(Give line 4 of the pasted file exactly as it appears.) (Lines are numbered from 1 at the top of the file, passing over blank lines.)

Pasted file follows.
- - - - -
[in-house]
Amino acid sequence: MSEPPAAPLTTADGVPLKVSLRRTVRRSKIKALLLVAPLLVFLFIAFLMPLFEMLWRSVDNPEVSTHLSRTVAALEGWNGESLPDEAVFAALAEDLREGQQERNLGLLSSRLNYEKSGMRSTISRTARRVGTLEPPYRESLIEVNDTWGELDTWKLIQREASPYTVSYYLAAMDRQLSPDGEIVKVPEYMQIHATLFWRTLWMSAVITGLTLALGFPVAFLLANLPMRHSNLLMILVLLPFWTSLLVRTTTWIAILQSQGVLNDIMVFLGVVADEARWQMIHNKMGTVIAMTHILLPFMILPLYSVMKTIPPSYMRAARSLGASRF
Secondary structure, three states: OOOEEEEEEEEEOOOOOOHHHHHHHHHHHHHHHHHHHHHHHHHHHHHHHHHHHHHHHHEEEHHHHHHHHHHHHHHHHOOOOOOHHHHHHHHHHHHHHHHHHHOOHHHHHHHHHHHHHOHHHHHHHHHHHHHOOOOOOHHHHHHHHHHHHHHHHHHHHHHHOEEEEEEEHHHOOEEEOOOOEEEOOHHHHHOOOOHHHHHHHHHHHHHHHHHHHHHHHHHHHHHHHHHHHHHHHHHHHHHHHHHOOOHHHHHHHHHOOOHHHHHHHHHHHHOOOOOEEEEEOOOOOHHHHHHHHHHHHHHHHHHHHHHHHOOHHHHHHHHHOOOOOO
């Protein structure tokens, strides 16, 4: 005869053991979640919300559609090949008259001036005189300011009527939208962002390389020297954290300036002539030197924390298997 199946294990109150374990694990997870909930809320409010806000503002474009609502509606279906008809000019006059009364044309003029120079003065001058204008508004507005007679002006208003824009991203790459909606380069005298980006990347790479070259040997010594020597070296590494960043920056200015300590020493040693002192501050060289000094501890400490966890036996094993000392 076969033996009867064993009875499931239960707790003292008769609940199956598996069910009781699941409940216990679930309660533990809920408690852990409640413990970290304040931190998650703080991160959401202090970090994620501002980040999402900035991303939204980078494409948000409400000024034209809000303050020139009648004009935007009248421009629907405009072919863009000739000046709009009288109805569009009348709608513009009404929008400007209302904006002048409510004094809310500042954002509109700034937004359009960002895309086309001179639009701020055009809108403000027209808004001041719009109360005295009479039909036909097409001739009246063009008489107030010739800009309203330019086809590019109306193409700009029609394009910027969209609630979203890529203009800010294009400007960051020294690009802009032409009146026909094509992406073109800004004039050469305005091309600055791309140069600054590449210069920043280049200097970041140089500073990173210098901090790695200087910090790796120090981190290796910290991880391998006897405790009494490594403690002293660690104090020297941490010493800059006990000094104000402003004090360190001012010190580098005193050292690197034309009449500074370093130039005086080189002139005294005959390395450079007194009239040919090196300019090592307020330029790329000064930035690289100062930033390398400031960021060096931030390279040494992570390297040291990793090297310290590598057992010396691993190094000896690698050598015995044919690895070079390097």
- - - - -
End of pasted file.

């Protein structure tokens, strides 16, 4: 005869053991979640919300559609090949008259001036005189300011009527939208962002390389020297954290300036002539030197924390298997 199946294990109150374990694990997870909930809320409010806000503002474009609502509606279906008809000019006059009364044309003029120079003065001058204008508004507005007679002006208003824009991203790459909606380069005298980006990347790479070259040997010594020597070296590494960043920056200015300590020493040693002192501050060289000094501890400490966890036996094993000392 076969033996009867064993009875499931239960707790003292008769609940199956598996069910009781699941409940216990679930309660533990809920408690852990409640413990970290304040931190998650703080991160959401202090970090994620501002980040999402900035991303939204980078494409948000409400000024034209809000303050020139009648004009935007009248421009629907405009072919863009000739000046709009009288109805569009009348709608513009009404929008400007209302904006002048409510004094809310500042954002509109700034937004359009960002895309086309001179639009701020055009809108403000027209808004001041719009109360005295009479039909036909097409001739009246063009008489107030010739800009309203330019086809590019109306193409700009029609394009910027969209609630979203890529203009800010294009400007960051020294690009802009032409009146026909094509992406073109800004004039050469305005091309600055791309140069600054590449210069920043280049200097970041140089500073990173210098901090790695200087910090790796120090981190290796910290991880391998006897405790009494490594403690002293660690104090020297941490010493800059006990000094104000402003004090360190001012010190580098005193050292690197034309009449500074370093130039005086080189002139005294005959390395450079007194009239040919090196300019090592307020330029790329000064930035690289100062930033390398400031960021060096931030390279040494992570390297040291990793090297310290590598057992010396691993190094000896690698050598015995044919690895070079390097």